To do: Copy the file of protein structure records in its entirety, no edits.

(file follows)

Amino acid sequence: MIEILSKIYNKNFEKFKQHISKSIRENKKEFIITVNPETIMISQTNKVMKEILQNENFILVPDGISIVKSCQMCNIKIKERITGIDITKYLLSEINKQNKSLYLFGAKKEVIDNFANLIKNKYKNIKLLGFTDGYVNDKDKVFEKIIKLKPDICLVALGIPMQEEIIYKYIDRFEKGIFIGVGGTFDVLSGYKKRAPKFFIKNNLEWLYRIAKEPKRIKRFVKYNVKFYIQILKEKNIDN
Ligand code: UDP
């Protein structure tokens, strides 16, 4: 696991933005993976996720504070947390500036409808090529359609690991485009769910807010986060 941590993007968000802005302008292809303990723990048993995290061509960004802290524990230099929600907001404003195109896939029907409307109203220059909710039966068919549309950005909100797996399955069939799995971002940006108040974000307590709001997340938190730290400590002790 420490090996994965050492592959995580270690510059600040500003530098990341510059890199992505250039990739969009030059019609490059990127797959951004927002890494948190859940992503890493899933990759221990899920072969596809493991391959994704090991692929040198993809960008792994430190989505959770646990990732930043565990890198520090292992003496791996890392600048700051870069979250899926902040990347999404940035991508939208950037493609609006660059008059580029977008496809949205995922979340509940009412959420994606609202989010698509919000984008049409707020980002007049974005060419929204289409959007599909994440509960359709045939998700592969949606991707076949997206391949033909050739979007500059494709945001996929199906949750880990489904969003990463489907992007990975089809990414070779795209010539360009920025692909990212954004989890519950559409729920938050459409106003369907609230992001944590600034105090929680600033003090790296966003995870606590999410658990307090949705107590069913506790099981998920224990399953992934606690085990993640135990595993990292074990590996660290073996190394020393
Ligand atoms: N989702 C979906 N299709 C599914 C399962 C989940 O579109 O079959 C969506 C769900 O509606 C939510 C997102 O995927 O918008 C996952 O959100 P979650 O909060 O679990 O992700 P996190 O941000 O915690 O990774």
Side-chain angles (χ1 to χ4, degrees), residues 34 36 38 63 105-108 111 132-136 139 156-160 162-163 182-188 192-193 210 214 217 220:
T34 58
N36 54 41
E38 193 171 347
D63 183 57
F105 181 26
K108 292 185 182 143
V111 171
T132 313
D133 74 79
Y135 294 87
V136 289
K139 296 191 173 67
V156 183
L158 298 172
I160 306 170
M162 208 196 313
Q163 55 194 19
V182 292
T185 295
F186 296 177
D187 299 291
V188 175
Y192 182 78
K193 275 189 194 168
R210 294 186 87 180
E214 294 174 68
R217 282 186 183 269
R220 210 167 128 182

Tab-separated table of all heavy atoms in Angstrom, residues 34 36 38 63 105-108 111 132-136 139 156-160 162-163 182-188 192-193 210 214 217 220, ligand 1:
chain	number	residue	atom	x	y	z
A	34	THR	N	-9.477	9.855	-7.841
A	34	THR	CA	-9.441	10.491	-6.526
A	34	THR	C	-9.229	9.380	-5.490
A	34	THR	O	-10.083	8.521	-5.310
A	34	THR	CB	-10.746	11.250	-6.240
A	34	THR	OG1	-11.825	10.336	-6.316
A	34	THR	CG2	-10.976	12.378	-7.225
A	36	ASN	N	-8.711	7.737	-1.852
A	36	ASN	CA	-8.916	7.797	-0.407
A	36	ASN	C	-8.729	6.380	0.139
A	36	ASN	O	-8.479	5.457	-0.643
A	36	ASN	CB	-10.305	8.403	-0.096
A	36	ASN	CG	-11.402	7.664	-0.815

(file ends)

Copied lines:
Amino acid sequence: MIEILSKIYNKNFEKFKQHISKSIRENKKEFIITVNPETIMISQTNKVMKEILQNENFILVPDGISIVKSCQMCNIKIKERITGIDITKYLLSEINKQNKSLYLFGAKKEVIDNFANLIKNKYKNIKLLGFTDGYVNDKDKVFEKIIKLKPDICLVALGIPMQEEIIYKYIDRFEKGIFIGVGGTFDVLSGYKKRAPKFFIKNNLEWLYRIAKEPKRIKRFVKYNVKFYIQILKEKNIDN
Ligand code: UDP
């Protein structure tokens, strides 16, 4: 696991933005993976996720504070947390500036409808090529359609690991485009769910807010986060 941590993007968000802005302008292809303990723990048993995290061509960004802290524990230099929600907001404003195109896939029907409307109203220059909710039966068919549309950005909100797996399955069939799995971002940006108040974000307590709001997340938190730290400590002790 420490090996994965050492592959995580270690510059600040500003530098990341510059890199992505250039990739969009030059019609490059990127797959951004927002890494948190859940992503890493899933990759221990899920072969596809493991391959994704090991692929040198993809960008792994430190989505959770646990990732930043565990890198520090292992003496791996890392600048700051870069979250899926902040990347999404940035991508939208950037493609609006660059008059580029977008496809949205995922979340509940009412959420994606609202989010698509919000984008049409707020980002007049974005060419929204289409959007599909994440509960359709045939998700592969949606991707076949997206391949033909050739979007500059494709945001996929199906949750880990489904969003990463489907992007990975089809990414070779795209010539360009920025692909990212954004989890519950559409729920938050459409106003369907609230992001944590600034105090929680600033003090790296966003995870606590999410658990307090949705107590069913506790099981998920224990399953992934606690085990993640135990595993990292074990590996660290073996190394020393
Ligand atoms: N989702 C979906 N299709 C599914 C399962 C989940 O579109 O079959 C969506 C769900 O509606 C939510 C997102 O995927 O918008 C996952 O959100 P979650 O909060 O679990 O992700 P996190 O941000 O915690 O990774």
Side-chain angles (χ1 to χ4, degrees), residues 34 36 38 63 105-108 111 132-136 139 156-160 162-163 182-188 192-193 210 214 217 220:
T34 58
N36 54 41
E38 193 171 347
D63 183 57
F105 181 26
K108 292 185 182 143
V111 171
T132 313
D133 74 79
Y135 294 87
V136 289
K139 296 191 173 67
V156 183
L158 298 172
I160 306 170
M162 208 196 313
Q163 55 194 19
V182 292
T185 295
F186 296 177
D187 299 291
V188 175
Y192 182 78
K193 275 189 194 168
R210 294 186 87 180
E214 294 174 68
R217 282 186 183 269
R220 210 167 128 182

Tab-separated table of all heavy atoms in Angstrom, residues 34 36 38 63 105-108 111 132-136 139 156-160 162-163 182-188 192-193 210 214 217 220, ligand 1:
chain	number	residue	atom	x	y	z
A	34	THR	N	-9.477	9.855	-7.841
A	34	THR	CA	-9.441	10.491	-6.526
A	34	THR	C	-9.229	9.380	-5.490
A	34	THR	O	-10.083	8.521	-5.310
A	34	THR	CB	-10.746	11.250	-6.240
A	34	THR	OG1	-11.825	10.336	-6.316
A	34	THR	CG2	-10.976	12.378	-7.225
A	36	ASN	N	-8.711	7.737	-1.852
A	36	ASN	CA	-8.916	7.797	-0.407
A	36	ASN	C	-8.729	6.380	0.139
A	36	ASN	O	-8.479	5.457	-0.643
A	36	ASN	CB	-10.305	8.403	-0.096
A	36	ASN	CG	-11.402	7.664	-0.815